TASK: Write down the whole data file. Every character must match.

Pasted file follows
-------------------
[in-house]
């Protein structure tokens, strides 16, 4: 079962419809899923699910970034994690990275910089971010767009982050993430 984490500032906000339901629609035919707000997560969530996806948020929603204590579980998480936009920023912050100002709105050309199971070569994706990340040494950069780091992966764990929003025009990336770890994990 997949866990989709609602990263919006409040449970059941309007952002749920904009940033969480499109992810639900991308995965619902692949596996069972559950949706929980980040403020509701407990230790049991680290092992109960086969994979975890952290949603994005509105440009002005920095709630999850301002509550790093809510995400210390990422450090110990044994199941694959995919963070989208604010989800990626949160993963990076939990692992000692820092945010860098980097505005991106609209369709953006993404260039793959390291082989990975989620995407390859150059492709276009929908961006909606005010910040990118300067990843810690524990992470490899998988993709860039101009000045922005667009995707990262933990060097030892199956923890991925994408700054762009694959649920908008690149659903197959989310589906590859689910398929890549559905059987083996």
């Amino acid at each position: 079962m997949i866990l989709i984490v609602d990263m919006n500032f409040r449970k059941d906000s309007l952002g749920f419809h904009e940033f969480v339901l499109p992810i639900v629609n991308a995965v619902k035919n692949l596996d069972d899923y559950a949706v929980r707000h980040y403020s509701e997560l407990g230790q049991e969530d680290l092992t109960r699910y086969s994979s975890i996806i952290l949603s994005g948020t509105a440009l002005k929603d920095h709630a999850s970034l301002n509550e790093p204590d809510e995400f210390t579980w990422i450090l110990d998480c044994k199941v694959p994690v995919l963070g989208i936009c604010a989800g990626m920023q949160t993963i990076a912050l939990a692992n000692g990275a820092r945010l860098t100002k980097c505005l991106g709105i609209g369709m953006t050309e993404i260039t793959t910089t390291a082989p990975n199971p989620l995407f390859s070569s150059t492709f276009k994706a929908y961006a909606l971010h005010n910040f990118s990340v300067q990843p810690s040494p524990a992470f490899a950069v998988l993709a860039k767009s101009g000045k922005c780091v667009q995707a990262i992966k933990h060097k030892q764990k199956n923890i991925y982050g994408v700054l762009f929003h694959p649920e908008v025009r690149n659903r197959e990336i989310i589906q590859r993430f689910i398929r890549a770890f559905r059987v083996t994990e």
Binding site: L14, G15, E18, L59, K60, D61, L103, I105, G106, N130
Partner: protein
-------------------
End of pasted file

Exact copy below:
[in-house]
């Protein structure tokens, strides 16, 4: 079962419809899923699910970034994690990275910089971010767009982050993430 984490500032906000339901629609035919707000997560969530996806948020929603204590579980998480936009920023912050100002709105050309199971070569994706990340040494950069780091992966764990929003025009990336770890994990 997949866990989709609602990263919006409040449970059941309007952002749920904009940033969480499109992810639900991308995965619902692949596996069972559950949706929980980040403020509701407990230790049991680290092992109960086969994979975890952290949603994005509105440009002005920095709630999850301002509550790093809510995400210390990422450090110990044994199941694959995919963070989208604010989800990626949160993963990076939990692992000692820092945010860098980097505005991106609209369709953006993404260039793959390291082989990975989620995407390859150059492709276009929908961006909606005010910040990118300067990843810690524990992470490899998988993709860039101009000045922005667009995707990262933990060097030892199956923890991925994408700054762009694959649920908008690149659903197959989310589906590859689910398929890549559905059987083996």
């Amino acid at each position: 079962m997949i866990l989709i984490v609602d990263m919006n500032f409040r449970k059941d906000s309007l952002g749920f419809h904009e940033f969480v339901l499109p992810i639900v629609n991308a995965v619902k035919n692949l596996d069972d899923y559950a949706v929980r707000h980040y403020s509701e997560l407990g230790q049991e969530d680290l092992t109960r699910y086969s994979s975890i996806i952290l949603s994005g948020t509105a440009l002005k929603d920095h709630a999850s970034l301002n509550e790093p204590d809510e995400f210390t579980w990422i450090l110990d998480c044994k199941v694959p994690v995919l963070g989208i936009c604010a989800g990626m920023q949160t993963i990076a912050l939990a692992n000692g990275a820092r945010l860098t100002k980097c505005l991106g709105i609209g369709m953006t050309e993404i260039t793959t910089t390291a082989p990975n199971p989620l995407f390859s070569s150059t492709f276009k994706a929908y961006a909606l971010h005010n910040f990118s990340v300067q990843p810690s040494p524990a992470f490899a950069v998988l993709a860039k767009s101009g000045k922005c780091v667009q995707a990262i992966k933990h060097k030892q764990k199956n923890i991925y982050g994408v700054l762009f929003h694959p649920e908008v025009r690149n659903r197959e990336i989310i589906q590859r993430f689910i398929r890549a770890f559905r059987v083996t994990e």
Binding site: L14, G15, E18, L59, K60, D61, L103, I105, G106, N130
Partner: protein